The problem with the Donner wing of the GOP is that a double standard is applied. Earlier during the presidential primary, Romney hit then candidate Rick Perry from the left on Social Security without a peep from the Establishment, but when Newt Gingrich hit Romney from the Left on Bain Capital, it was seen as an inexcusable attack on capitalism. Romney, the candidate who said that he didn't want to return to the ways of Reagan, have been inaccurately and malevolently trying to paint Newt Gingrich as anti-Reagan. To be sure, Gingrich has perhaps been critical of Reagan's state department and had suggestions for George HW Bush's campaign, but to paint the man whom Nancy Reagan said carried President Reagan's torch, is an underhanded tactic. One could only imagine the tactics the Establishment would use against Governor Palin had she chosen to run. Attacks on her resignation and the frivolous ethics complaints would likely be used to try to paint her as not up to the pressure of the job of leader of the free world. Who knows? They may have even tried to paint her as anti-Thatcher as well!
The Establishment wants a coronation; the electorate wants a nomination. Generally it has been the "next-in-line" who has gotten the support of the Establishment. In 2008, it was John McCain, and in 2012, it is Mitt Romney. Mitt Romney has gotten the support of the those in the conservative media--Jennifer Rubin and Ann Coulter. He has received the support of the likes of John McCain, President George HW Bush, and Bob Dole--candidates who took the phrase "everything in moderation" and turned it into a political ideology. Whoever has been the biggest challenge to Mitt Romney has been disparaged by the Establishment. Jennifer Rubin started writing negative pieces about Governor Palin 8 days after she started writing for the Washington Post. At the time, Governor Palin's potential candidacy was the biggest threat to Romney's nomination. The Establishment knocked Rick Perry when his candidacy peeked and was a threat to Romney's nomination. Tom Ridge, moderate Republican and former Bush Cabinet member, hit Michele Bachmann as inexperienced when she was at her peak. While Newt Gingrich is seen as a Washington insider, he is not necessarily the Establishment's choice, and has therefore been in many ways unfairly attacked.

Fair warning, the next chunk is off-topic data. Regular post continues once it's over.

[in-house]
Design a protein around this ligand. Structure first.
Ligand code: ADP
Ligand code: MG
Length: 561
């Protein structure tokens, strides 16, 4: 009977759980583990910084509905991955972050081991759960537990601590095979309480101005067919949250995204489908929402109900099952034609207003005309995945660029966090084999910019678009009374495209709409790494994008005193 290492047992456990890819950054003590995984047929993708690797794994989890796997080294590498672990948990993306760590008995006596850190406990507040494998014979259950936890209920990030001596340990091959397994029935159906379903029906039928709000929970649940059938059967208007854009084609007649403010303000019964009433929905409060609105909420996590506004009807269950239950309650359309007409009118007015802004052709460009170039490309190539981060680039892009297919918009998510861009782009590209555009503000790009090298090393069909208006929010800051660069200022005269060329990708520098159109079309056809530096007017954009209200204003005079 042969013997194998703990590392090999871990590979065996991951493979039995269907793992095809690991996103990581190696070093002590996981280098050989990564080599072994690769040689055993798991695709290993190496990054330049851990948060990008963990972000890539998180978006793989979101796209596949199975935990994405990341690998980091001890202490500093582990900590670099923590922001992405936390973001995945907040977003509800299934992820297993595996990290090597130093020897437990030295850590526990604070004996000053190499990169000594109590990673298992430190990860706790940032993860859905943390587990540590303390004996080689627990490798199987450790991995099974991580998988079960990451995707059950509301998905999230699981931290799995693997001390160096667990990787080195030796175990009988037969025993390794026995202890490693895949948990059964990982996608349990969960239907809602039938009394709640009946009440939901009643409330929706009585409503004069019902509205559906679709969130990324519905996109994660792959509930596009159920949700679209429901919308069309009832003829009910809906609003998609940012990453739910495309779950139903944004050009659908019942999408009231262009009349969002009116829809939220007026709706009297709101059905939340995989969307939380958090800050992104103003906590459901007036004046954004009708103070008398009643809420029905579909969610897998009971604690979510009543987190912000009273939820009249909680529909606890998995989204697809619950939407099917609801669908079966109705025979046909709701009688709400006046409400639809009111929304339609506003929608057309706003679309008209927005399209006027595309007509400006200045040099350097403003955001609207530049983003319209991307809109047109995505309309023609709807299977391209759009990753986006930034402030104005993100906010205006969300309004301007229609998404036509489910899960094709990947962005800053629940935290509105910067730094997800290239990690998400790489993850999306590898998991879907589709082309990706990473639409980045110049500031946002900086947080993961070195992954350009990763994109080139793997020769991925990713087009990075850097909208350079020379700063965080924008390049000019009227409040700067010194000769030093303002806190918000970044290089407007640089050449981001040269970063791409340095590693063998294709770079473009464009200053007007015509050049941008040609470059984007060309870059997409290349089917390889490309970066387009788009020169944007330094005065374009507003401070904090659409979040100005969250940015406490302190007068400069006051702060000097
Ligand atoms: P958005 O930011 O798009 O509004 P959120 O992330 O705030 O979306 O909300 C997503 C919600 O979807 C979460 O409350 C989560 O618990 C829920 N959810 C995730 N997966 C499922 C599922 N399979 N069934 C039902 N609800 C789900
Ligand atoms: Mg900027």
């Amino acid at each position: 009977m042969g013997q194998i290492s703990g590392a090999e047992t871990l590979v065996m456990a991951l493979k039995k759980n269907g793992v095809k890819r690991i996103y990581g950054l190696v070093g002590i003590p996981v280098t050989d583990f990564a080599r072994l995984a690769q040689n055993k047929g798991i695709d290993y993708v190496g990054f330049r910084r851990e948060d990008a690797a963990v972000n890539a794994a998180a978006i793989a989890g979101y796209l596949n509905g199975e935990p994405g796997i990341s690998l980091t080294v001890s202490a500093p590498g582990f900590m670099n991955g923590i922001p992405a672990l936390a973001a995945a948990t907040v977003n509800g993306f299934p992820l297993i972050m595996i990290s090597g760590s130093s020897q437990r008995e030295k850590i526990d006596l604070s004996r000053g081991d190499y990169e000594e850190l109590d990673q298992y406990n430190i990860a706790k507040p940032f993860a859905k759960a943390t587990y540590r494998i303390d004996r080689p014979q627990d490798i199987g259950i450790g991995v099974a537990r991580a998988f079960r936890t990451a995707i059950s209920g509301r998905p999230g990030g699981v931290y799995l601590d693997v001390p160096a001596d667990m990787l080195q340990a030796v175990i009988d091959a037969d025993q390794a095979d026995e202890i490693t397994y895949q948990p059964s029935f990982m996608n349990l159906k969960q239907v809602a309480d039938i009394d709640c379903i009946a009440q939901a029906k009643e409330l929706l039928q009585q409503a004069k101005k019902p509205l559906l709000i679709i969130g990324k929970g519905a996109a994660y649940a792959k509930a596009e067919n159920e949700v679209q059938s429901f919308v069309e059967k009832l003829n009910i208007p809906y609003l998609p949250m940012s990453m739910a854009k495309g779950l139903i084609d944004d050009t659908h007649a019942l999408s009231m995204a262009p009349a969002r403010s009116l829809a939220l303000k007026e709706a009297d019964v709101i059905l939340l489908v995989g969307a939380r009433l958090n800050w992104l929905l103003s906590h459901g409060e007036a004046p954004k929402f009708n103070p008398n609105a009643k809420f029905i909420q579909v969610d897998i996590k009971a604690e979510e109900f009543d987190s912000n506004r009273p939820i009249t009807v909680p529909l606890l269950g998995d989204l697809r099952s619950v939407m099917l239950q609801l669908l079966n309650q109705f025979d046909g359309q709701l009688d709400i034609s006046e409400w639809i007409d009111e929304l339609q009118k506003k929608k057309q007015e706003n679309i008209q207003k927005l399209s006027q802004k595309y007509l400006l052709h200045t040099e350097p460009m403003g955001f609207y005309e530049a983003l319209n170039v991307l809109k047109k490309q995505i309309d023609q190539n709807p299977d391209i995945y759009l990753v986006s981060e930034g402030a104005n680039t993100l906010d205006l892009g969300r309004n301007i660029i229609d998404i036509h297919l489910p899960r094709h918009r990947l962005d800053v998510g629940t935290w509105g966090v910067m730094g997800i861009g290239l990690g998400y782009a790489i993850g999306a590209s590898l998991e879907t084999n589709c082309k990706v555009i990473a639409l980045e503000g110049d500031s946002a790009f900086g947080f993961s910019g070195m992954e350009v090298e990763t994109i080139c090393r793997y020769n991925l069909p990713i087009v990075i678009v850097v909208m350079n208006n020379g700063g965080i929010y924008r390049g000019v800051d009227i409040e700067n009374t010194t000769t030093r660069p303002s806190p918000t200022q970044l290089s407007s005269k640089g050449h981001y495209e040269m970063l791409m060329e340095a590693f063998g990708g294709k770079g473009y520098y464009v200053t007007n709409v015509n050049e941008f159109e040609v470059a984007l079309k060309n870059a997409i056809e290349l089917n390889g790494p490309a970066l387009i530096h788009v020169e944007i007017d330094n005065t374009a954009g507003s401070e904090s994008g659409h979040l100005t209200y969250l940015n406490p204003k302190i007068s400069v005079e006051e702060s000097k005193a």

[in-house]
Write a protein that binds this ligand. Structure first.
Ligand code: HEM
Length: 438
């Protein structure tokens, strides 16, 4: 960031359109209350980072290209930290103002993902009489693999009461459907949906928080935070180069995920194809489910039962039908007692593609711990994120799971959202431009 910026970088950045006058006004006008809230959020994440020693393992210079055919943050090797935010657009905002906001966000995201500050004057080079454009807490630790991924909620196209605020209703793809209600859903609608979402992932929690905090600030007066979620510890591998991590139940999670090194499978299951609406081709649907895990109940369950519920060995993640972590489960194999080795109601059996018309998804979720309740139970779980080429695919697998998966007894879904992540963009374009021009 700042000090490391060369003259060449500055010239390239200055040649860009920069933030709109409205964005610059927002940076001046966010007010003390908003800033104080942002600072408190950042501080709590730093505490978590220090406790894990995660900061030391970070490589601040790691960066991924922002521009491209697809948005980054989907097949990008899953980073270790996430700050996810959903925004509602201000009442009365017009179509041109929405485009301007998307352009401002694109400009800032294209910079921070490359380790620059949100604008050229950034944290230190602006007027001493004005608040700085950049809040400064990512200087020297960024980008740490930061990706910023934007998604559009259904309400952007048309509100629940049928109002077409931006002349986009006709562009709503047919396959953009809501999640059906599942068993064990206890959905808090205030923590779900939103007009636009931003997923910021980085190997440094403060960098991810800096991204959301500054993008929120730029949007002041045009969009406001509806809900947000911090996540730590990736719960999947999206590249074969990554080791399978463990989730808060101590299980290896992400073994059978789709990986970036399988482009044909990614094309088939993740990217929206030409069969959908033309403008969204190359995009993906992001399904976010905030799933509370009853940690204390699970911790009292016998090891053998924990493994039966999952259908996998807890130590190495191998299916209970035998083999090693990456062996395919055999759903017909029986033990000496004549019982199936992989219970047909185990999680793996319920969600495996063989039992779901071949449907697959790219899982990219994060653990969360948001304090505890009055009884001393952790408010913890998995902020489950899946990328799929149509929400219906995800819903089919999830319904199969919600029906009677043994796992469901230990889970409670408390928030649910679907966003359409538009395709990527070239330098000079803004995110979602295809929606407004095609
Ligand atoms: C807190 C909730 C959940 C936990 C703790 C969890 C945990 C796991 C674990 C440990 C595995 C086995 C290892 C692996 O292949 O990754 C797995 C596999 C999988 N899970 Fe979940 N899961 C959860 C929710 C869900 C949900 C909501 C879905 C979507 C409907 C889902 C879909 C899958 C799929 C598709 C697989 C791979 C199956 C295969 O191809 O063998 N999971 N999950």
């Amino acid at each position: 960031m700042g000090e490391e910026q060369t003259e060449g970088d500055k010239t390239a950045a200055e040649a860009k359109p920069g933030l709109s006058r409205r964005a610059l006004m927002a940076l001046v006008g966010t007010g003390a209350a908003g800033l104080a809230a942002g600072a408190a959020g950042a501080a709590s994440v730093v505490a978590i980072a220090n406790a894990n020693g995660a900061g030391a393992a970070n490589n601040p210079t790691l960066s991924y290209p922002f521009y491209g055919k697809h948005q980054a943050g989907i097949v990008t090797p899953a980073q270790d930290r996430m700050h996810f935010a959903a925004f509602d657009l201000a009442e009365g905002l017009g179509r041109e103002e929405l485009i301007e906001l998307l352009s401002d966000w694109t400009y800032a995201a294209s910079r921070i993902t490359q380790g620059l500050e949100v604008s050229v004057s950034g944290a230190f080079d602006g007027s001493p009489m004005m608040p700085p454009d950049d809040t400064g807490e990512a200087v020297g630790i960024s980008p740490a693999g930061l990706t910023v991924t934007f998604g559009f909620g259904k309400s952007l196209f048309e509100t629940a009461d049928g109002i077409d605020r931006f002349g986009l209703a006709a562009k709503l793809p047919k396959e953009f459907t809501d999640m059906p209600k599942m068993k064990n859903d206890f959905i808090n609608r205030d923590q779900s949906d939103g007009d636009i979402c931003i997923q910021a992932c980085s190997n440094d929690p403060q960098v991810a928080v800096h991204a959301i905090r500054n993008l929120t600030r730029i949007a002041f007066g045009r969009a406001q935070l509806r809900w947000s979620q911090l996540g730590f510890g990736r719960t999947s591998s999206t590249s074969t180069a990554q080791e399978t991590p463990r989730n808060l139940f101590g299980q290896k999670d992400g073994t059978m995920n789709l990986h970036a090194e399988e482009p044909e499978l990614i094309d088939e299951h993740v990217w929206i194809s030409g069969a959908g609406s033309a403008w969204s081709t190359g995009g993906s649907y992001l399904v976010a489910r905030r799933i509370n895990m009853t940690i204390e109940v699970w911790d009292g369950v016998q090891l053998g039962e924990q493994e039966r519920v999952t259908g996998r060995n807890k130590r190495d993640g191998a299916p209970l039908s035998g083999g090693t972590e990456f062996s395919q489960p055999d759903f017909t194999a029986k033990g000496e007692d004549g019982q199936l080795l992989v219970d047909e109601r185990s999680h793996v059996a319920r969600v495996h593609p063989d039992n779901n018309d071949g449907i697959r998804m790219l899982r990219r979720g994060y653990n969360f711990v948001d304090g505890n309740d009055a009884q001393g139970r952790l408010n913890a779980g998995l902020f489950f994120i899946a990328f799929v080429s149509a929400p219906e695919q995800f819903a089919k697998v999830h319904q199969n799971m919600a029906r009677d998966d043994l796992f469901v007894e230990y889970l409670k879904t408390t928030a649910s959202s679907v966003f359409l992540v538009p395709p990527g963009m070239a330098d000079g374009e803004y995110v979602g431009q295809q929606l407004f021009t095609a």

To be sure, campaigns are cutthroat. Records need to be exposed. Policy plans will be scrutinized. Character will be tested. This is all for the benefit of the electorate and the refining of the candidates' mettle. Same standards must be applied to all candidates. People who cry foul on Gingrich's misrepresentation of Romney's immigration stance can't try to sweep Romney's misrepresentation of Gingrich's ethics record under the rug. Our country was founded in part because the settlers wanted representation; they didn't want a distant king calling down orders and levying taxes from on high. Similarly, the conservative electorate, or any American electorate for that matter, does not want an oligarchical "Donner Party" to determine the outcome of election. Here in Illinois, some of Mitt Romney's delegates are challenging Rick Santorum's ballot petition signatures to potentially keep him off the Illinois primary ballot. Mitt Romney's Illinois campaign manager is also our state treasurer. Never mind that in the interim, Illinois credit was downgraded to the worst in the country. Getting a political opponent off the ballot is far more important than hunkering down and addressing a major fiscal crisis to those backing Romney. In other words, Romney's supporters would rather not give Illinoisans a choice of candidates rather than win the battle of ideas.
Thankfully, there are people like Governor Palin who are echoing the words of President Reagan when he said, "those voices don't speak for the rest of us" when speaking about the Elite whether it liberals in elected office or those in the political power at a party level. During her gubernatorial run in 2006, a pivotal point came when Governor Palin's opponents were bickering, and she interrupted them and calmly said, "we owe Alaskans a better discourse than this". Governor Palin has essentially said the same thing on a national level. The GOP owes the electorate a discourse, not an Establishment monologue, on the issues, and they owe us a better one. Eleanor Roosevelt once said, " Great minds discuss ideas;average minds discuss events; small minds discuss people". This primary election must be a discourse of ideas, not a barrage of personal attacks. As an undecided voter, a discourse of ideas, not an Establishment command, is what I would like to see in the coming weeks and months of this upcoming election. I'm glad to see that Governor Palin has continued to hold the Donner Party accountable for their tactics.
Crossposted here and here.